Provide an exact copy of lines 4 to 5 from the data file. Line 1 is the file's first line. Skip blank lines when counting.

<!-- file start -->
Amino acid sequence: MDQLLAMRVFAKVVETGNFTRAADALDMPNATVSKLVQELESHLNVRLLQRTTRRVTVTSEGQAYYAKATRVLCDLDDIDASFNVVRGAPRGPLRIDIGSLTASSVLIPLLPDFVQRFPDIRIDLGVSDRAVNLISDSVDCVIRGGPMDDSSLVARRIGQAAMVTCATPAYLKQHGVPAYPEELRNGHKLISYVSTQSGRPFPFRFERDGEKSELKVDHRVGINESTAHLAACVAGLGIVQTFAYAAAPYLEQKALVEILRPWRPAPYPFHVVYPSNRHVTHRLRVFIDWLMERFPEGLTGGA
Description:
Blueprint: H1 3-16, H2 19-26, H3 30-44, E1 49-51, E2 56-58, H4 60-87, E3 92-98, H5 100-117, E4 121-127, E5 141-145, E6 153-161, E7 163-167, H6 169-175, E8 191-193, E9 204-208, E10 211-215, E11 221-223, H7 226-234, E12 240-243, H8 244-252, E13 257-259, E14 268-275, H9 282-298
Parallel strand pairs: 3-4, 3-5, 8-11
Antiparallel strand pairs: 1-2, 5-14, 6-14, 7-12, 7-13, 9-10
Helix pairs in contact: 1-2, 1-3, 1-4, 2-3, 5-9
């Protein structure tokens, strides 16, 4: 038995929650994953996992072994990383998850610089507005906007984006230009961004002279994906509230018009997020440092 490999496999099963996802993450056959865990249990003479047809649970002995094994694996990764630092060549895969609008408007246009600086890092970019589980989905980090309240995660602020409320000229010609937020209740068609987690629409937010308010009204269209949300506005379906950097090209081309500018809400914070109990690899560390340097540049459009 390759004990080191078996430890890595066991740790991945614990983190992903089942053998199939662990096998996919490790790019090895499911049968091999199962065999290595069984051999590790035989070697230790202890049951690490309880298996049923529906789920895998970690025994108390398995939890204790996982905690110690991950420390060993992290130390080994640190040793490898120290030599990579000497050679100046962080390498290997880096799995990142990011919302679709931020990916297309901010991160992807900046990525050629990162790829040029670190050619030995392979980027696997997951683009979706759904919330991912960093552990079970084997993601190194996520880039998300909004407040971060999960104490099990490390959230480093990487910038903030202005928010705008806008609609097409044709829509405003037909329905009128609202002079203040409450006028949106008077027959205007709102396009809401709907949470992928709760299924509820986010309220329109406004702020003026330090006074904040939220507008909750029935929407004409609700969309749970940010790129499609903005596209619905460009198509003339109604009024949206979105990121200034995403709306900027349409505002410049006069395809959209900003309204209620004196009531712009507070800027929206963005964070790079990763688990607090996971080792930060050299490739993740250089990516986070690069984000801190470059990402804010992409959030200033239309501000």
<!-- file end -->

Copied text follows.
Parallel strand pairs: 3-4, 3-5, 8-11
Antiparallel strand pairs: 1-2, 5-14, 6-14, 7-12, 7-13, 9-10